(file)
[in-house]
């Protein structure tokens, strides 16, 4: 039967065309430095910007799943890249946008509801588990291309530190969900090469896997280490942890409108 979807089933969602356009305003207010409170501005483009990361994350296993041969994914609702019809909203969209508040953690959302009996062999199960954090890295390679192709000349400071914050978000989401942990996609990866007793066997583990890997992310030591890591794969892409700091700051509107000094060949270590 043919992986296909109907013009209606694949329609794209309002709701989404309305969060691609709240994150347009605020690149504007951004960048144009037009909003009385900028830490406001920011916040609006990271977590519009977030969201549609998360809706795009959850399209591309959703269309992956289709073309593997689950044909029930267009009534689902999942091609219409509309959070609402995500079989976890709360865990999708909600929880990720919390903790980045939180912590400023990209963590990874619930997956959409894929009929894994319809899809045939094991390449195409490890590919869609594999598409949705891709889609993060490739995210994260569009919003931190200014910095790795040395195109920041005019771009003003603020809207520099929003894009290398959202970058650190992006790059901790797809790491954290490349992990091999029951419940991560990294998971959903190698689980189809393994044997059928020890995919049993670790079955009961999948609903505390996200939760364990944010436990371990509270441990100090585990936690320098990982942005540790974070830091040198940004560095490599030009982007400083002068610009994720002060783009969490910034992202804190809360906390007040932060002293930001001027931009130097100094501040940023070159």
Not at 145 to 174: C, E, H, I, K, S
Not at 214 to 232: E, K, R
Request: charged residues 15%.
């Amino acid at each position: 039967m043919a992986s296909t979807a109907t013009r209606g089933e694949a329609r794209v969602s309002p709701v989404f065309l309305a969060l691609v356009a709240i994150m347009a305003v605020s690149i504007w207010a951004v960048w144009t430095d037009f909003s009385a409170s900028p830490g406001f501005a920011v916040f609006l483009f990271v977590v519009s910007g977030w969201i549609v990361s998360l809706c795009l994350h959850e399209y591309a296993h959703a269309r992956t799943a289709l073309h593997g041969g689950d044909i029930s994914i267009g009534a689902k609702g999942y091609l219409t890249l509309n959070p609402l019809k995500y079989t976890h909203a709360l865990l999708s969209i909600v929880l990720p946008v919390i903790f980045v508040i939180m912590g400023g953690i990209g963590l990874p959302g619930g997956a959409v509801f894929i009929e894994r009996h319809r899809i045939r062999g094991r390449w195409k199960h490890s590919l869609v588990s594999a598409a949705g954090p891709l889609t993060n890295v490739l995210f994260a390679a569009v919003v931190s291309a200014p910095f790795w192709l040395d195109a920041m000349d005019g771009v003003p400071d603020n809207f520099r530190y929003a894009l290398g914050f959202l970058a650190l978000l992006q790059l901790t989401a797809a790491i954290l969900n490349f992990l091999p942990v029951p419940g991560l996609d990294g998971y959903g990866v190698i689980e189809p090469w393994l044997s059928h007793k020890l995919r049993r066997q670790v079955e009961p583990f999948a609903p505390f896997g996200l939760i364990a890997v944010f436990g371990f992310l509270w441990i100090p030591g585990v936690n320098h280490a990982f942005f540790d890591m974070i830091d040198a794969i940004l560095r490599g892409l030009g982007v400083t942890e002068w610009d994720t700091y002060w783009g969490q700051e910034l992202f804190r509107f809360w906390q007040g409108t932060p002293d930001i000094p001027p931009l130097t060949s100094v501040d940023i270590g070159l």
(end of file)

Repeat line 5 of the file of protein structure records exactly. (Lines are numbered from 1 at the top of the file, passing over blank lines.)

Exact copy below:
Request: charged residues 15%.